Starting with the (obvious) observation conservatives seem to think is some kind of sublime insight into human nature, The COW points out: "of course, individual effort does make a difference in financial success, compared to how the same individual would have fared without putting forth an effort. But Americans begin the race from different starting lines. Not only do well-off people, primarily whites, have significant head starts, but even many working-class whites have modest advantages when compared with working-class people of color, most of whom begin far behind whites' starting line."
So while it's true, for example, that black per capita income doubled between 1968 and 2004, jobs and income are only one small part of the picture. Wealth and assets, and how these economic foundations cascade down through generations by way of inheritance, is at the heart of the matter.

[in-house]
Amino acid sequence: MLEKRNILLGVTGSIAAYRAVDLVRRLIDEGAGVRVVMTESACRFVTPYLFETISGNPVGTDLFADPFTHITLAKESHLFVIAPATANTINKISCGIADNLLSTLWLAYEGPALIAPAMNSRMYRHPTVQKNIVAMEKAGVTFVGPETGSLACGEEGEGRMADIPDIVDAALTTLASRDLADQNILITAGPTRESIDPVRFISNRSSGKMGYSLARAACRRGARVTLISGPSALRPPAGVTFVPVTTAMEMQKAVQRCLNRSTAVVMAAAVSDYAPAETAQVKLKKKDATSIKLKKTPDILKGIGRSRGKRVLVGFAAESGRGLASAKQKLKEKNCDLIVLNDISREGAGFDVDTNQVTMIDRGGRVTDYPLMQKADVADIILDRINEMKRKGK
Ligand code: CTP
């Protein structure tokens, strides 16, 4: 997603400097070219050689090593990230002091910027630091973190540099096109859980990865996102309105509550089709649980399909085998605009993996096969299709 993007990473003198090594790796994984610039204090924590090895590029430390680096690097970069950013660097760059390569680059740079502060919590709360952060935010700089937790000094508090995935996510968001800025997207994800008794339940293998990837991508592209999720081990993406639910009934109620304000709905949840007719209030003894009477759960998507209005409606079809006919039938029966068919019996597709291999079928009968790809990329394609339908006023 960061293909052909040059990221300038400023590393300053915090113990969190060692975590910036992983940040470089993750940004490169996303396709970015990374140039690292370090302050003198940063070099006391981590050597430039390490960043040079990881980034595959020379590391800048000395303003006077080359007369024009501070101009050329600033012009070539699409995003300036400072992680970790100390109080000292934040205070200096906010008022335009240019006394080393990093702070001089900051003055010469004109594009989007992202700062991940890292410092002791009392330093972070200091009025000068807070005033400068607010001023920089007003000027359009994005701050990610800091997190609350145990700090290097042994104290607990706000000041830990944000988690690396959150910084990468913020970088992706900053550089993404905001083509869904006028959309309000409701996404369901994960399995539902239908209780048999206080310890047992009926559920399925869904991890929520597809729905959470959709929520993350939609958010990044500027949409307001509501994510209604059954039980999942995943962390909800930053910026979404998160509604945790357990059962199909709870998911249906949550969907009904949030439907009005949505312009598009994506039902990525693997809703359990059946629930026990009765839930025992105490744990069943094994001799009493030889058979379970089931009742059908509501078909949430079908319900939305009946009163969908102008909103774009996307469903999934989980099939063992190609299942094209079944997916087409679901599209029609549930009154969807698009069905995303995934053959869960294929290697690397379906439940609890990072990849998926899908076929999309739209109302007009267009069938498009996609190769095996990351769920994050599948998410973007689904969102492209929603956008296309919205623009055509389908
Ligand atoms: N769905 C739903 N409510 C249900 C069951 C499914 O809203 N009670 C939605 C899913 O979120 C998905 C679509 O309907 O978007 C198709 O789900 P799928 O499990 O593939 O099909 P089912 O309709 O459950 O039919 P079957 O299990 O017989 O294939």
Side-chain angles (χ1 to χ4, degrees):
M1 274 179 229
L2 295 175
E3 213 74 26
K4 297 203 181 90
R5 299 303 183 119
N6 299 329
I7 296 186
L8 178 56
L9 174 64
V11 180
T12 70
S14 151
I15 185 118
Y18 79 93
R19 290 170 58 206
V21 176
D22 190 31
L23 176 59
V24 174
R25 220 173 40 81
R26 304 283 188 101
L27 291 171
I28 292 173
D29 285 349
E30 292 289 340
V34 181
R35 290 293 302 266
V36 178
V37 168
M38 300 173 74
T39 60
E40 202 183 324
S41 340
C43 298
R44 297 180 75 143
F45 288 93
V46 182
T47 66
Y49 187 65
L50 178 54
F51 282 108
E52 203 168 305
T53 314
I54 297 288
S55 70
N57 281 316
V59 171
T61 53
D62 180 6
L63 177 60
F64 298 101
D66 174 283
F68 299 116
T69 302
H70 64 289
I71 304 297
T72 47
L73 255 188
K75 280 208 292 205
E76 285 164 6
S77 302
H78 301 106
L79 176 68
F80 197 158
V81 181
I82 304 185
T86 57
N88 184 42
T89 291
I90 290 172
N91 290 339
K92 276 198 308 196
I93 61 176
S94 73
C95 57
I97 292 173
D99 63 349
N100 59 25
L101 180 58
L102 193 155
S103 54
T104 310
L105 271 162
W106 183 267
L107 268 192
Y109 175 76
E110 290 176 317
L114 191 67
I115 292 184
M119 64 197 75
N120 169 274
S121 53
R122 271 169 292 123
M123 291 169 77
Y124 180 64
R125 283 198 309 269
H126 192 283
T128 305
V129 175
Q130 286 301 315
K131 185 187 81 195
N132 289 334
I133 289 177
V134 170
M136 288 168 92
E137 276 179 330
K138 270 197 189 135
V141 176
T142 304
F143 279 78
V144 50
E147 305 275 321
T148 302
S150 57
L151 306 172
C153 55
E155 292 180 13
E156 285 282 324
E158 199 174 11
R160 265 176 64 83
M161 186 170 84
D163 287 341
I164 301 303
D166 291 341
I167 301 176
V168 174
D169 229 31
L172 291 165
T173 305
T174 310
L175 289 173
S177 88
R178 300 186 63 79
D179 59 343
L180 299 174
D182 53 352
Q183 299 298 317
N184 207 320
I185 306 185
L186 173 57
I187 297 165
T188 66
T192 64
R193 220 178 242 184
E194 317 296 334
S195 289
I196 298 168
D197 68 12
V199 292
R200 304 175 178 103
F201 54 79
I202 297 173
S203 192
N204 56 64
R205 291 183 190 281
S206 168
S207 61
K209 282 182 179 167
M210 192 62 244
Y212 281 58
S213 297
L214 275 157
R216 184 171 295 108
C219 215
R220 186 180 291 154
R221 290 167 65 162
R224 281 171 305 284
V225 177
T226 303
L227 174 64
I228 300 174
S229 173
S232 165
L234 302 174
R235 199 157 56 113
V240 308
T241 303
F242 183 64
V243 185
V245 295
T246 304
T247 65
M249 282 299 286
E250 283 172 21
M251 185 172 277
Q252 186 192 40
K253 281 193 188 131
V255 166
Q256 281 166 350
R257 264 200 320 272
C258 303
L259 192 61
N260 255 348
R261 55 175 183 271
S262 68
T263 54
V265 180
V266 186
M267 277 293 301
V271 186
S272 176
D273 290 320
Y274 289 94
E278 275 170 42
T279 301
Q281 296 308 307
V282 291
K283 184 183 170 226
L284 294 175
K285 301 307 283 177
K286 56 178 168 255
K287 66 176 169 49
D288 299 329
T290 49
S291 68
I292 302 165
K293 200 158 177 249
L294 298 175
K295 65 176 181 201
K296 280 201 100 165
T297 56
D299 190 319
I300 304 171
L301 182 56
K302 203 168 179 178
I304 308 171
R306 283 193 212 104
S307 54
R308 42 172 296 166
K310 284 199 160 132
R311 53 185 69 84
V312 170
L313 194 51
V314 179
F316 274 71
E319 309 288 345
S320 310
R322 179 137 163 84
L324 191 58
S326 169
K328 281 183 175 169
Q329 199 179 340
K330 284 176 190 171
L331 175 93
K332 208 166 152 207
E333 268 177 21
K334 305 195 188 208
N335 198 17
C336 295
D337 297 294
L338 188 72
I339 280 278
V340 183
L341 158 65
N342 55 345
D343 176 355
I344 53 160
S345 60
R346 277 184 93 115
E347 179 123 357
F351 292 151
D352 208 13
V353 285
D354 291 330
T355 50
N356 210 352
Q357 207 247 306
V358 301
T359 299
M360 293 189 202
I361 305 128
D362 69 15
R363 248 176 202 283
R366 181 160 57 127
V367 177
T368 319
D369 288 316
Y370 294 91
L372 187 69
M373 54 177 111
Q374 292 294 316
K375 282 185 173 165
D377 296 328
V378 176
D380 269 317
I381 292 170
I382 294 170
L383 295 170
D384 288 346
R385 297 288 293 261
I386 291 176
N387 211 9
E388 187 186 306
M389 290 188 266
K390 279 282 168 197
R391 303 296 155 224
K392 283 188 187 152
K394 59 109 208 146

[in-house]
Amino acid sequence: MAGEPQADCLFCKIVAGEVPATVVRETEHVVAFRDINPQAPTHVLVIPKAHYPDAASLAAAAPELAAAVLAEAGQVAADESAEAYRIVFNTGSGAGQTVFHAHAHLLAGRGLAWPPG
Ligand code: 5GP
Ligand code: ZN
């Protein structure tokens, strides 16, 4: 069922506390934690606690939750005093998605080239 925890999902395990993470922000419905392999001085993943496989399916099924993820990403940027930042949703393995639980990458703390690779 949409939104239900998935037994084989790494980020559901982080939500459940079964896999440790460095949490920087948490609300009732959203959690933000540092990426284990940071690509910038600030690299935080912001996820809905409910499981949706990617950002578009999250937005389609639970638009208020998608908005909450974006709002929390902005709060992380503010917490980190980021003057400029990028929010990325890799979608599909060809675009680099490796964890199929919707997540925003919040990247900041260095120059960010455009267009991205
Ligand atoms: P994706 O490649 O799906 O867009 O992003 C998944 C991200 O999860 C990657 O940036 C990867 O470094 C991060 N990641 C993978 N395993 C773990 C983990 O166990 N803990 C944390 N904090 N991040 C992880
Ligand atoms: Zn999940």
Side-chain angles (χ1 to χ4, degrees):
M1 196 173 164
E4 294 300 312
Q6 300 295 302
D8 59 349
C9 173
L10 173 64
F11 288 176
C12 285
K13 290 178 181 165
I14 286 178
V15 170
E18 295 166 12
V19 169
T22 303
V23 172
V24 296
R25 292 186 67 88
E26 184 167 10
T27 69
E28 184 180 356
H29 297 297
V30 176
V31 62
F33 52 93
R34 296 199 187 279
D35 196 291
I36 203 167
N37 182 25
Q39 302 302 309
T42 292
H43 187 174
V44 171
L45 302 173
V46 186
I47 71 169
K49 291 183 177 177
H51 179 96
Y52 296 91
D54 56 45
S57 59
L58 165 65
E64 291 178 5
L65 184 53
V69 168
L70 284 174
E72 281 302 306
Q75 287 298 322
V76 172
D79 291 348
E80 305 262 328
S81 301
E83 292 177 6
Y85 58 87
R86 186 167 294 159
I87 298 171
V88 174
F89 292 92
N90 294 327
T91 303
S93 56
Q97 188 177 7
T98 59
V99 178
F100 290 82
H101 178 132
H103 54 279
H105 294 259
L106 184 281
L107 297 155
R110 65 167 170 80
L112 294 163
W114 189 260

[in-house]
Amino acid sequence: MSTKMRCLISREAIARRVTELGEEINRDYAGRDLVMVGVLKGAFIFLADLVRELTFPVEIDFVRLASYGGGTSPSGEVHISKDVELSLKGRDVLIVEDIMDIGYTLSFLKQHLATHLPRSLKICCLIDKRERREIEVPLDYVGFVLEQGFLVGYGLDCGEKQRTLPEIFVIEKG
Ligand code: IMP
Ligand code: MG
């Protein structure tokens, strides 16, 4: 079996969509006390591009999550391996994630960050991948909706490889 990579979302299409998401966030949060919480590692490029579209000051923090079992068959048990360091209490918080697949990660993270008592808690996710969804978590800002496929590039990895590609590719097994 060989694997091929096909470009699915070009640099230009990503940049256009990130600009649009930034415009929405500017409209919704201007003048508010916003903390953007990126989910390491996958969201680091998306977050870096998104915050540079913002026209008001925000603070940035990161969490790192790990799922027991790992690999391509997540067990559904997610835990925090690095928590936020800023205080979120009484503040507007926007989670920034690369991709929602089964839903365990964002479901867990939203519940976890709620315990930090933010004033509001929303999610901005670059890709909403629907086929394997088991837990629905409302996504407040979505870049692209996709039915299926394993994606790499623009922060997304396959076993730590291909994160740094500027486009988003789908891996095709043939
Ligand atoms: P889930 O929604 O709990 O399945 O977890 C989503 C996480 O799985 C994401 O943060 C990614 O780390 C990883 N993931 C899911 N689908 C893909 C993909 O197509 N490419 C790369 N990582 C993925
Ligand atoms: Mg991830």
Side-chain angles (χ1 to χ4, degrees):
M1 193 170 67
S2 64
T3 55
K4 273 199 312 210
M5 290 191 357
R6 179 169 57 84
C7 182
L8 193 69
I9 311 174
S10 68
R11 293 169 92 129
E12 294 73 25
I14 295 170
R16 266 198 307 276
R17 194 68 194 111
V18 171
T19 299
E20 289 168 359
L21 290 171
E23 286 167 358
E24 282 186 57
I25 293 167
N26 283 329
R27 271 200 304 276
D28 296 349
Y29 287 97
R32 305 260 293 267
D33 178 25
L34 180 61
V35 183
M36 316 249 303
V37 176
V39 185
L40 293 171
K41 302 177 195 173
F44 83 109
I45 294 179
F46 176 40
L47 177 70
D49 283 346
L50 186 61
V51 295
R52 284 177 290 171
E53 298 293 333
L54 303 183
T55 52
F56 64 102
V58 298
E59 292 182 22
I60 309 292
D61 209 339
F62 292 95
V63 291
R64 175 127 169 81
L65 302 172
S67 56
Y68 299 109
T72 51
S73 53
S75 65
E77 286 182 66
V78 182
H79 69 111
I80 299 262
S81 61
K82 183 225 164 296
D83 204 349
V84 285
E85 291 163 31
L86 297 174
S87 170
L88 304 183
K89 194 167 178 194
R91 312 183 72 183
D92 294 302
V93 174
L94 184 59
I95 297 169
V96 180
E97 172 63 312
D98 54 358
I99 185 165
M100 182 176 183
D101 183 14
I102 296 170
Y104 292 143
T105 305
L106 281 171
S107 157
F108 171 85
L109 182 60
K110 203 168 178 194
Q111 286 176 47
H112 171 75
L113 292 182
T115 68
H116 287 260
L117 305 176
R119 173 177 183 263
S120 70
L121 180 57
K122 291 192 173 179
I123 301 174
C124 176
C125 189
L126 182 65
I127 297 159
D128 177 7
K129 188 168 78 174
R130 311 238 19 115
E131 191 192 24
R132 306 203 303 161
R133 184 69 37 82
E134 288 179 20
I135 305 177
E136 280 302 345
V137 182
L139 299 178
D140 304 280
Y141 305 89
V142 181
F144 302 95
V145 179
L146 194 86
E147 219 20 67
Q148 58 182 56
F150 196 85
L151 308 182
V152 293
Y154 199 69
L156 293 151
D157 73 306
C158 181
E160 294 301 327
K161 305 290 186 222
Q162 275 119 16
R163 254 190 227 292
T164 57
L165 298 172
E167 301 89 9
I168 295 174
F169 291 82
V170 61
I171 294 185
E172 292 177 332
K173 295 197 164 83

If you look at Census data, The COW correctly notes that "three-quarters of white people own their homes, while a slight majority of people of color are renters. In times of inflation, housing becomes easier to afford for homeowners with fixed mortgage rates, while renters see their housing costs rise."
"In times of recession or depression, those with savings accounts can better weather unemployment, while those without savings can be sunk into debt and deprivation. And in times of economic growth, those with assets can invest them or borrow against them to take advantage of business opportunities."
It gets deeper.
And Thomas Shapiro goes deep in analyzing the research on race and inheritance in The Hidden Cost of Being African American. Shapiro, a sober-minded white guy, reports that whites are much more likely to inherit money from deceased relatives than people of color, noting that one in four white families received an inheritance after a parent's death, averaging $144,652, while only one in 20 black families inherited money or assets with an average worth of $41,985.
Another study found that as of 1989, one third of white baby boomers stood to inherit more than $25,000, compared to one in 20 black baby boomers.